Wigan payment ends Gregory tribunal case

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The Independent Online

Wigan have reached a settlement with their illness-stricken former coach, Mike Gregory. The club have agreed to pay £17,500 to Gregory, who was taking them to an employment tribunal claiming aggravated damages over their handling of his disability.

The 41-year-old former Great Britain captain was appointed Wigan coach in November 2003, but was off work from the following May until his contract expired last October.

Wigan say that he has motor neurone disease, although Gregory, who attended the hearing in Manchester yesterday in a wheelchair, and his family still dispute that diagnosis.

The owner of the club, Dave Whelan, described yesterday's payment as "purely a goodwill gesture".

"We've dealt with Mike with great respect and great sympathy," Whelan said. "We feel we've done nothing wrong. We've been honourable and I'm delighted that we're not putting him through any more stress."

The Wigan chairman, Maurice Lindsay, said that he had no desire to see Gregory cross-examined through a nine-day hearing.

"It was taking up a lot of everyone's time and would put Mike through incredible stress," he said.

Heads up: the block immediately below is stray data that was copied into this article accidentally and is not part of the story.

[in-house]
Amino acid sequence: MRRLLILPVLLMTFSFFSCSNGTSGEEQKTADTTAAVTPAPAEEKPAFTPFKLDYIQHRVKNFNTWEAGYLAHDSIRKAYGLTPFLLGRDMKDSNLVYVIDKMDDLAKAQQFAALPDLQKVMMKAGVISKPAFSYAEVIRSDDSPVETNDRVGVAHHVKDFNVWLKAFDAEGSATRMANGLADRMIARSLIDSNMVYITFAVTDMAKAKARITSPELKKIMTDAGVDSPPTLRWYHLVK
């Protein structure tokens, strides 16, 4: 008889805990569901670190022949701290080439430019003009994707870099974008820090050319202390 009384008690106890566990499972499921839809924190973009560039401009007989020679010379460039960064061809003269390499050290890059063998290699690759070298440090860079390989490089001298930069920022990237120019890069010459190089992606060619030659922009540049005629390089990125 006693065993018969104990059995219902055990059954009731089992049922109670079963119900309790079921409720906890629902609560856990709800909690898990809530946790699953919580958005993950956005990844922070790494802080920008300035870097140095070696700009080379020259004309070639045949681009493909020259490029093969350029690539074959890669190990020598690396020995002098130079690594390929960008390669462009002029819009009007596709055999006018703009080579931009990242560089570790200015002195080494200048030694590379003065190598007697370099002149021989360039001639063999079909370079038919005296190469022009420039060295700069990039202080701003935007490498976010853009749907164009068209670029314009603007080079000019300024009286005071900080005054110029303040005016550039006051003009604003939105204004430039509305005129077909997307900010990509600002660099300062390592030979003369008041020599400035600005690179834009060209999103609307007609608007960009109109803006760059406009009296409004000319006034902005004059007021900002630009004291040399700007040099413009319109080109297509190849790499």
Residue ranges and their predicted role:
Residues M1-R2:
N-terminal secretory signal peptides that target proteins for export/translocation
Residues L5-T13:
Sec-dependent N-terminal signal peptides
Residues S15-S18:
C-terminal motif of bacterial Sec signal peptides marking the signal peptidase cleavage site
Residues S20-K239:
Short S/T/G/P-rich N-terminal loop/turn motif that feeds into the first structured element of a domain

Gregory himself said in a statement read by his solicitor that he still believed that he could have returned to work after the Challenge Cup final in 2004. "I have been treated shabbily by Wigan," he said.

Gregory's wife, Erica, disputed the club's claim that it had treated him honourably. "We don't believe they've acted honourably," she said. "Mike would have been able to return to work and was barred from the job. Mike has progressive muscular atrophy. We are still working with our medical advisers and can now put this behind us. It's been a drain and we shouldn't have been put through it. It could have been dealt with in a more intelligent and compassionate manner."

She said that they felt "vindicated" by a settlement that matched payments made in the most serious cases of disability discrimination. "It has never been about the money.It has been a matter of principle."

The chairman of the panel convened to hear the case, David Leahy, called Gregory "a national hero" as he announced that a settlement had been reached.

Lindsay described the case as "a cloud that has been hanging over the club for two years".

"It did interrupt the club's progress," he said. "We now have to start returning to normal rugby league and see where we can go."

Wigan slumped to next to last in Super League with their latest defeat - the fifth in six games - at Castleford on Sunday. They have lost two more players to injury: Scott Logan has a fractured cheekbone, Harrison Han-sen has fractured an ankle.

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